Groundbreaking at the time, the business model spawned many imitators and took on a global following.
     Emphasizing this international reach, a mother in Perth, Australia delivered the second victim impact statement on behalf of her deceased son “Preston B.”
     Crying throughout her remarks, she recounted the fatal brain injury that her son suffered after falling from the second story of a hotel while tripping on a psychedelic drug colloquially known as “N-Bomb”
     “One stupid synthetic tablet cost him his life,” she said.
     For Assistant U.S. Attorney Serrin Turner, these stories emphasized that site’s toll on anyone with a “computer and a shipping address.”
     “This was not a victimless crime,” he said.
     Agreeing it was not victimless, Ulbricht’s attorney Joshua Dratel added: “The solution for pain is not more pain. The solution for suffering is not more suffering.”
     To Ulbricht and his supporters, Silk Road began as an idealistic experiment to allow people to buy or sell whatever they wanted without corporate exploitation and government interference. The Dread Pirate depicted himself online as a libertarian outlaw, and a vocal group of people who view Ulbricht as a folk hero insist that helped tame an unruly trade.
     Ulbricht’s defense submitted some of these ideas to the court in articles such as “Silk Road Was Safer Than the Streets” and “Will Shutting Down Silk Road Do More Harm Than Good?”
     For Forrest, these defenders were carrying “some misguided flag.”
     Calling the Dread Pirate the “captain of the ship,” Forrest remarked: “It’s fictional to think of Silk Road as a place of ultimate freedom.”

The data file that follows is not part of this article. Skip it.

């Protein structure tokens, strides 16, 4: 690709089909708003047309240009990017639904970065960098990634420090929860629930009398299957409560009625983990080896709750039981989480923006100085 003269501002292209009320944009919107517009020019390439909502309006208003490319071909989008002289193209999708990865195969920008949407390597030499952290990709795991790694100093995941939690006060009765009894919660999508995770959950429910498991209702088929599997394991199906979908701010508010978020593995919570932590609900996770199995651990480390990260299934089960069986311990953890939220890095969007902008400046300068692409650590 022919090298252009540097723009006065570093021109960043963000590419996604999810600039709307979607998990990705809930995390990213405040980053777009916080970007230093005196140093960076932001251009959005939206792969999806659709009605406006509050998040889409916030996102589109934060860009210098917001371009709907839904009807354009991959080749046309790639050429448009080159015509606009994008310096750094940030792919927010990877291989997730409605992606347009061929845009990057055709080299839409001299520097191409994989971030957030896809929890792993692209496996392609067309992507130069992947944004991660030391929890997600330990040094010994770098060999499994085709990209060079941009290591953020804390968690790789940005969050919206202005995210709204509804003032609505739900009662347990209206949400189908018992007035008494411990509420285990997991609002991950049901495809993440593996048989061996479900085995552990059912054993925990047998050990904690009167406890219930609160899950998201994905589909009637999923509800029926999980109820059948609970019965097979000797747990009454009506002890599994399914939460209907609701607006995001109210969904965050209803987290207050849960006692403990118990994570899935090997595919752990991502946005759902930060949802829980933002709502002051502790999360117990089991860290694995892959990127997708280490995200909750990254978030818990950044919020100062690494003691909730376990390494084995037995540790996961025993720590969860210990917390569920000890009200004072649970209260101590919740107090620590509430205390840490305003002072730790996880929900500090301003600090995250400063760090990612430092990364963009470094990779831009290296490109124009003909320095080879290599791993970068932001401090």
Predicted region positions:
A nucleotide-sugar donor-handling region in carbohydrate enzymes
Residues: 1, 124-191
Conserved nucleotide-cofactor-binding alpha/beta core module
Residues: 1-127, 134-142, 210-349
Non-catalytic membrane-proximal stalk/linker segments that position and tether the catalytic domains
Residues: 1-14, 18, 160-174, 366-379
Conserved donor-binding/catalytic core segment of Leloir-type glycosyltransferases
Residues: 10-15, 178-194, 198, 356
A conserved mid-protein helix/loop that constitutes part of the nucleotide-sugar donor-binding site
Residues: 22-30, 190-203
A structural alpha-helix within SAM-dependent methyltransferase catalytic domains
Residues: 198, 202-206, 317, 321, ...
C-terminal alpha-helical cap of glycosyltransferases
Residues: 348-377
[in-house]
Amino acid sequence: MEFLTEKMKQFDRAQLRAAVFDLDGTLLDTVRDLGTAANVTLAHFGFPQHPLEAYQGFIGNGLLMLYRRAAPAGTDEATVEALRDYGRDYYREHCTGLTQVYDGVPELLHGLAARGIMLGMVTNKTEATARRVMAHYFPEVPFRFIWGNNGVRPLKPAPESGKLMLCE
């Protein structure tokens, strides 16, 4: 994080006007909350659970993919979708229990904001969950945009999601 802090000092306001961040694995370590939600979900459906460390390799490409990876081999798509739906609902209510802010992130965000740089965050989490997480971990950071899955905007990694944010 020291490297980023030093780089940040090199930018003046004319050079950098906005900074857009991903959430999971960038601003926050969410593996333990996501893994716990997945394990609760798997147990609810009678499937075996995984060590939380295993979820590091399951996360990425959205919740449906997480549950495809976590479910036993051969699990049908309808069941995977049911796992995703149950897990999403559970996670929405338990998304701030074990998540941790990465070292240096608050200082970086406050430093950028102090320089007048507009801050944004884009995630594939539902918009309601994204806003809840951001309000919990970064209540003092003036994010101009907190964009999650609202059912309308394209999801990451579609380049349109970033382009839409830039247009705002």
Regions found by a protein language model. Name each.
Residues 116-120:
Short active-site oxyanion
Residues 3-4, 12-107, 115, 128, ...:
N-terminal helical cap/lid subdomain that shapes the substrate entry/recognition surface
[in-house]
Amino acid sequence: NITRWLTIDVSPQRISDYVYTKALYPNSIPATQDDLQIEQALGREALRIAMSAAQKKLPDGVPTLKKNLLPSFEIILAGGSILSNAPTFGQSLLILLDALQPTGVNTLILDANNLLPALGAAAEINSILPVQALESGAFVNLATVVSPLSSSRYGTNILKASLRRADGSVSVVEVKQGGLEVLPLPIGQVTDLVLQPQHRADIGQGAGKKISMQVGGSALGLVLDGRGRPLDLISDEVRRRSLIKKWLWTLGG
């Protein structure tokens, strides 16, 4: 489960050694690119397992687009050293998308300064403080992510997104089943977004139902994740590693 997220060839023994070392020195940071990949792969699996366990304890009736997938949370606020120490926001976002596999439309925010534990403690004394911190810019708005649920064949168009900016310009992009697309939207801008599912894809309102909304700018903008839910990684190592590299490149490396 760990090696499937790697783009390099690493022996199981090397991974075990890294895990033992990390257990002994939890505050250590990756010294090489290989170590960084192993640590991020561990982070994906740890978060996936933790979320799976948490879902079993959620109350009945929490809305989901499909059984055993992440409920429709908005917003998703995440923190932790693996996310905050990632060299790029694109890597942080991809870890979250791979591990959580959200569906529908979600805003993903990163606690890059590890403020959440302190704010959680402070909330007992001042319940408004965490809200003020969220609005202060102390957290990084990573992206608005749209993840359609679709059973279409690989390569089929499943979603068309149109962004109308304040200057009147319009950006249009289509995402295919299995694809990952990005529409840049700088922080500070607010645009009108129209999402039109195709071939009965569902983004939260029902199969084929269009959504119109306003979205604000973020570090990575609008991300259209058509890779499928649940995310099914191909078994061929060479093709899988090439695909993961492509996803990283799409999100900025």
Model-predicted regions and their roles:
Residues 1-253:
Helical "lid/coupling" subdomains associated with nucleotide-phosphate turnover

Breaking the Silk Road rules led to stiff punishment from the Dread Pirate, who allegedly commissioned the murder of those who threatened his business.
     In online chats presented at trial, Dread Pirate Roberts could be seen sending bitcoins to a purported motorcycle gang in order to put a hit on people blackmailing Silk Road’s leader. Nobody was ever found dead, and Ulbricht was not tried for any murder-for-hire.
     Still, Forrest found “ample and unambiguous evidence” of Ulbricht’s intent to kill in these discussions.
     “There is no evidence that he was role-playing,” she said.
     Imposing $183.9 million in forfeiture, Forrest refused to recommend that the Bureau of Prisons not remand him to a maximum-security prison.
           At a press conference, Ulbricht’s attorney Dratel stood by his parents as he promised an appeal.
     Slamming the sentence as “unreasonable, unjust, [and] unfair,” Dratel commented that the judge gave short shrift to literature showing both the futility of long sentences and the more complicated effect Silk Road had on the drug market.
     Mother Lynn Ulbricht commented that she was “blown away” by the sentence.
     “When I was growing up, life sentences weren’t given as frequently,” she said. “Maybe it’s the drug war, but since then, I see sentences all the time. Growing up, you had to be a mass murderer to get a life sentence.”